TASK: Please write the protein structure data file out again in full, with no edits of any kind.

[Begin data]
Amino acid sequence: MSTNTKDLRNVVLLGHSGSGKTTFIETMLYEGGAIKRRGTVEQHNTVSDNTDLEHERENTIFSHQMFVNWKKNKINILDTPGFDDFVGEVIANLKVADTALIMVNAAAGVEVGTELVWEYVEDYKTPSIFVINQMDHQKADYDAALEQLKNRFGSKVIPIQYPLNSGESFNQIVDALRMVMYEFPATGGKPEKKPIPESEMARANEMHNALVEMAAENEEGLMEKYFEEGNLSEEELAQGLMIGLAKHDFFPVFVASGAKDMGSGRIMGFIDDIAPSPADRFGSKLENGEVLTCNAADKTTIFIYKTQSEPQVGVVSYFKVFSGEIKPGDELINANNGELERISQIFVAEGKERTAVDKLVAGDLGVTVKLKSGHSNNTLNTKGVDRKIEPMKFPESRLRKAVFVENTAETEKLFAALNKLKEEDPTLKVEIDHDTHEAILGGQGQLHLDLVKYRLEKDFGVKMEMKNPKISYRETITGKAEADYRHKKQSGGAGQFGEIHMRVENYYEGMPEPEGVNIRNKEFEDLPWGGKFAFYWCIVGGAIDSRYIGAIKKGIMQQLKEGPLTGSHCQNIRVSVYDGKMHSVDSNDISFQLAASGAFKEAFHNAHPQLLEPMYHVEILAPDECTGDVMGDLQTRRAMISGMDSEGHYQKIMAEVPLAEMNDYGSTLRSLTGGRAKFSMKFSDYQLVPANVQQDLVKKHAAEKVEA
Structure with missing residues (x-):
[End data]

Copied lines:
Amino acid sequence: MSTNTKDLRNVVLLGHSGSGKTTFIETMLYEGGAIKRRGTVEQHNTVSDNTDLEHERENTIFSHQMFVNWKKNKINILDTPGFDDFVGEVIANLKVADTALIMVNAAAGVEVGTELVWEYVEDYKTPSIFVINQMDHQKADYDAALEQLKNRFGSKVIPIQYPLNSGESFNQIVDALRMVMYEFPATGGKPEKKPIPESEMARANEMHNALVEMAAENEEGLMEKYFEEGNLSEEELAQGLMIGLAKHDFFPVFVASGAKDMGSGRIMGFIDDIAPSPADRFGSKLENGEVLTCNAADKTTIFIYKTQSEPQVGVVSYFKVFSGEIKPGDELINANNGELERISQIFVAEGKERTAVDKLVAGDLGVTVKLKSGHSNNTLNTKGVDRKIEPMKFPESRLRKAVFVENTAETEKLFAALNKLKEEDPTLKVEIDHDTHEAILGGQGQLHLDLVKYRLEKDFGVKMEMKNPKISYRETITGKAEADYRHKKQSGGAGQFGEIHMRVENYYEGMPEPEGVNIRNKEFEDLPWGGKFAFYWCIVGGAIDSRYIGAIKKGIMQQLKEGPLTGSHCQNIRVSVYDGKMHSVDSNDISFQLAASGAFKEAFHNAHPQLLEPMYHVEILAPDECTGDVMGDLQTRRAMISGMDSEGHYQKIMAEVPLAEMNDYGSTLRSLTGGRAKFSMKFSDYQLVPANVQQDLVKKHAAEKVEA
Structure with missing residues (x-):